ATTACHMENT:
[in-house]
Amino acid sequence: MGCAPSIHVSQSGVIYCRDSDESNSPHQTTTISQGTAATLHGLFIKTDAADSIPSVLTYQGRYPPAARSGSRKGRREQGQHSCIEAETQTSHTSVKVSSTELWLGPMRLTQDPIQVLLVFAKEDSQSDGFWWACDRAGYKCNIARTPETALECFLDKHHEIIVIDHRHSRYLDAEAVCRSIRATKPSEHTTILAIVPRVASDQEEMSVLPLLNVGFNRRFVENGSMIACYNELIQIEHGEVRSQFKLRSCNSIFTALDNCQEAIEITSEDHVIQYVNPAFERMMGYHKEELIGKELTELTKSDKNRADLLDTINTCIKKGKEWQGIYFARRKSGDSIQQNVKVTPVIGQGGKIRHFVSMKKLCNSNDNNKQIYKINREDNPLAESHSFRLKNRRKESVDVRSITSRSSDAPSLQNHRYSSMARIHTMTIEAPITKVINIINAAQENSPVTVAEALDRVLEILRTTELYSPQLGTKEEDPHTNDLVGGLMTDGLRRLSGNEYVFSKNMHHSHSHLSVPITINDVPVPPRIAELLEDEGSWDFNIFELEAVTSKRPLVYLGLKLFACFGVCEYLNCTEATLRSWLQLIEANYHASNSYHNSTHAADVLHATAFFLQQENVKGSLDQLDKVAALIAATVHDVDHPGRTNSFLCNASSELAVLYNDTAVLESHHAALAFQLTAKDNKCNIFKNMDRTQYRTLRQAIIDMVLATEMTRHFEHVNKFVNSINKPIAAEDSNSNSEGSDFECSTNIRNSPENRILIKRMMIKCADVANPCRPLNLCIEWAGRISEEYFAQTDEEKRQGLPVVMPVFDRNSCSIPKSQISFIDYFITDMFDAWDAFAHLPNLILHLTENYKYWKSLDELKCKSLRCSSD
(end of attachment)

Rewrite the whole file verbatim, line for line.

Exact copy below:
[in-house]
Amino acid sequence: MGCAPSIHVSQSGVIYCRDSDESNSPHQTTTISQGTAATLHGLFIKTDAADSIPSVLTYQGRYPPAARSGSRKGRREQGQHSCIEAETQTSHTSVKVSSTELWLGPMRLTQDPIQVLLVFAKEDSQSDGFWWACDRAGYKCNIARTPETALECFLDKHHEIIVIDHRHSRYLDAEAVCRSIRATKPSEHTTILAIVPRVASDQEEMSVLPLLNVGFNRRFVENGSMIACYNELIQIEHGEVRSQFKLRSCNSIFTALDNCQEAIEITSEDHVIQYVNPAFERMMGYHKEELIGKELTELTKSDKNRADLLDTINTCIKKGKEWQGIYFARRKSGDSIQQNVKVTPVIGQGGKIRHFVSMKKLCNSNDNNKQIYKINREDNPLAESHSFRLKNRRKESVDVRSITSRSSDAPSLQNHRYSSMARIHTMTIEAPITKVINIINAAQENSPVTVAEALDRVLEILRTTELYSPQLGTKEEDPHTNDLVGGLMTDGLRRLSGNEYVFSKNMHHSHSHLSVPITINDVPVPPRIAELLEDEGSWDFNIFELEAVTSKRPLVYLGLKLFACFGVCEYLNCTEATLRSWLQLIEANYHASNSYHNSTHAADVLHATAFFLQQENVKGSLDQLDKVAALIAATVHDVDHPGRTNSFLCNASSELAVLYNDTAVLESHHAALAFQLTAKDNKCNIFKNMDRTQYRTLRQAIIDMVLATEMTRHFEHVNKFVNSINKPIAAEDSNSNSEGSDFECSTNIRNSPENRILIKRMMIKCADVANPCRPLNLCIEWAGRISEEYFAQTDEEKRQGLPVVMPVFDRNSCSIPKSQISFIDYFITDMFDAWDAFAHLPNLILHLTENYKYWKSLDELKCKSLRCSSD